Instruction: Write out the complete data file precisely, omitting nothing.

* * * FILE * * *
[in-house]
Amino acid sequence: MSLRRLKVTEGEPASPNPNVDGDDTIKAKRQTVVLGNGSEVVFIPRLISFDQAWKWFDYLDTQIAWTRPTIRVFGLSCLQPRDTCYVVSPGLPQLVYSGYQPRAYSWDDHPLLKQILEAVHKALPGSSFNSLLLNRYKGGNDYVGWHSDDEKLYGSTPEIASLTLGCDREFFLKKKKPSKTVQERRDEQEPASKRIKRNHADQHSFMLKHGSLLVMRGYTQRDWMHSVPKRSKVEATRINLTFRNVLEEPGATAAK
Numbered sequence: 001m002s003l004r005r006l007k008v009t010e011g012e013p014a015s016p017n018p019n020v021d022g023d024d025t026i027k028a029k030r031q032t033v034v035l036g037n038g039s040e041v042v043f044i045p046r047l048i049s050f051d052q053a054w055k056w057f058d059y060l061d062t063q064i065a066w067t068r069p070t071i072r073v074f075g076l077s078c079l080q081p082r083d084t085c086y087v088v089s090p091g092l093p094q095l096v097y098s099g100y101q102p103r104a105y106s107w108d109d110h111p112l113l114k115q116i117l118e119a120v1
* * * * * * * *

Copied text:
[in-house]
Amino acid sequence: MSLRRLKVTEGEPASPNPNVDGDDTIKAKRQTVVLGNGSEVVFIPRLISFDQAWKWFDYLDTQIAWTRPTIRVFGLSCLQPRDTCYVVSPGLPQLVYSGYQPRAYSWDDHPLLKQILEAVHKALPGSSFNSLLLNRYKGGNDYVGWHSDDEKLYGSTPEIASLTLGCDREFFLKKKKPSKTVQERRDEQEPASKRIKRNHADQHSFMLKHGSLLVMRGYTQRDWMHSVPKRSKVEATRINLTFRNVLEEPGATAAK
Numbered sequence: 001m002s003l004r005r006l007k008v009t010e011g012e013p014a015s016p017n018p019n020v021d022g023d024d025t026i027k028a029k030r031q032t033v034v035l036g037n038g039s040e041v042v043f044i045p046r047l048i049s050f051d052q053a054w055k056w057f058d059y060l061d062t063q064i065a066w067t068r069p070t071i072r073v074f075g076l077s078c079l080q081p082r083d084t085c086y087v088v089s090p091g092l093p094q095l096v097y098s099g100y101q102p103r104a105y106s107w108d109d110h111p112l113l114k115q116i117l118e119a120v1